It was only in her retirement that Dorothy became interested in learning more about her grandfather’s ministry and established contact with Abba Seraphim, who was able to enlighten her about his history. She was delighted to learn that the British Orthodox now owned and maintained her grandparents’ grave in Bournemouth.
The Right Rev’d Dr. Eric Waldram Kemp, former Anglican Bishop of Chichester, died on 28 November 2009 aged 94 years.
Eric Kemp was born at Waltham, Lincolnshire, on 27 April 1915 and educated at Brigg Grammar School and Exeter College, Oxford, where he read Modern History. Originally intending to follow a legal career, he entered St. Stephen’s House, Oxford, to train for the Anglican ministry. He served as curate of St. Luke’s, Southampton, until it suffered damage during the war; before joining the staff of the well known Anglican Catholic centre, Pusey House, at Oxford. In 1943 he became chaplain of St. John’s College and Christ Church Cathedral, Oxford, later moving to Exeter College as Fellow, Chaplain and lecturer in Medieval History and Theology. As an authority on canon law he served for a number of years as a proctor for Oxford to the Convocation of Canterbury. He was appointed Dean of Worcester Cathedral 1969-1974 before being consecrated as Bishop of Chichester in 1974.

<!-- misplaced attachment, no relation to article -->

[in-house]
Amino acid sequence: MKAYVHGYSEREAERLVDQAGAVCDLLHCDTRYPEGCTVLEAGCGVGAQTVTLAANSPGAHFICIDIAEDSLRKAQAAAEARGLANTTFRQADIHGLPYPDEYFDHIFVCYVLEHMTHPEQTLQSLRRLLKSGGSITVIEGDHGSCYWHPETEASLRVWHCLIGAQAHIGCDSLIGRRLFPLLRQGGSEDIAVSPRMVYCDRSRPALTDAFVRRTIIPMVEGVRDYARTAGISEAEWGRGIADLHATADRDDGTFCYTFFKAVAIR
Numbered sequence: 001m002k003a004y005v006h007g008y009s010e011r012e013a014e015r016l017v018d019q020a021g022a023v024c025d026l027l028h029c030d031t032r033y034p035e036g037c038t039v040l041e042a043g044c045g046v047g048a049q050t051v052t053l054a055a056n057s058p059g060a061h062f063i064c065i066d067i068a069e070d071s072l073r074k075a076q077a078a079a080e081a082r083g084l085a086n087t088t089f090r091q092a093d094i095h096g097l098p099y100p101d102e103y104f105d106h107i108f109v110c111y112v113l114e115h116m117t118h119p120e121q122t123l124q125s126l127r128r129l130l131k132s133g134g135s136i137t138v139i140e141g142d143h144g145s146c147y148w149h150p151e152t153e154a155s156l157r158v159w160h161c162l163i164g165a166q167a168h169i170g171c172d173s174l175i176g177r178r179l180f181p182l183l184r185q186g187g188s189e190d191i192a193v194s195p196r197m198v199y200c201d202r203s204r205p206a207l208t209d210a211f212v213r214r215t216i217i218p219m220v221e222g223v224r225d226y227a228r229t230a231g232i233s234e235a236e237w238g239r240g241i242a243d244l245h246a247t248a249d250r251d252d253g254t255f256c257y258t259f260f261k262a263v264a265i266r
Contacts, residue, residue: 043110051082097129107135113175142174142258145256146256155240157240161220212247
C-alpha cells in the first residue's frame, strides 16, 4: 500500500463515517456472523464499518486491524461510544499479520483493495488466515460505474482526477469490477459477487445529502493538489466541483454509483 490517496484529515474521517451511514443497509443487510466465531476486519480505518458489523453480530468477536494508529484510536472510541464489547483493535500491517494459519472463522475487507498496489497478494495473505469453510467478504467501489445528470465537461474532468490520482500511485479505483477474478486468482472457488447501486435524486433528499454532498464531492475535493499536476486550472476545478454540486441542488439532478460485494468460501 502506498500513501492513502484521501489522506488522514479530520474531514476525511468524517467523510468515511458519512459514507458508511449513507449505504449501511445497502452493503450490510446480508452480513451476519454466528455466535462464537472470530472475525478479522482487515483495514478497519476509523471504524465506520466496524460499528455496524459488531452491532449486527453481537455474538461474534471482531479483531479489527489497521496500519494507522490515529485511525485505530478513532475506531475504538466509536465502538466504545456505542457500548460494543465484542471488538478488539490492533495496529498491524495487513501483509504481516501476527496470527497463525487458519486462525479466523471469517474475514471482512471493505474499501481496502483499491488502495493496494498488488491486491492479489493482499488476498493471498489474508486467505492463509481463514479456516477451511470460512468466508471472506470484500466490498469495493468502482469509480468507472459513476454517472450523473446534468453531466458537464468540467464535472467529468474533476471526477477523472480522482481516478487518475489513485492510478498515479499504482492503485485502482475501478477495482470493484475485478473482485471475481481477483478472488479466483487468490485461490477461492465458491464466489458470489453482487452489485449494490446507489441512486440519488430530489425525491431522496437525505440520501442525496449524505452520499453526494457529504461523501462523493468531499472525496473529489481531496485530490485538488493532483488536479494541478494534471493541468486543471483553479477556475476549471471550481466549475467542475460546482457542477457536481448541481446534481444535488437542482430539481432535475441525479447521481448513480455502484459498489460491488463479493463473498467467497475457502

His years at Chichester coincided with the General Synod’s decision to ordain women to the priesthood, of which he was an opponent and he found himself both praised and criticised for his staunch defence of the Anglo-Catholic position. In 1975 a rule requiring bishops to retire at seventy was introduced by the General Synod, but as Bishop Eric was already in position he was exempt from it and continued in office until 2001, when he was a spritely eighty-six, before doing so. The significant was noted in the funeral address by the Very Reverend Richard Eyre: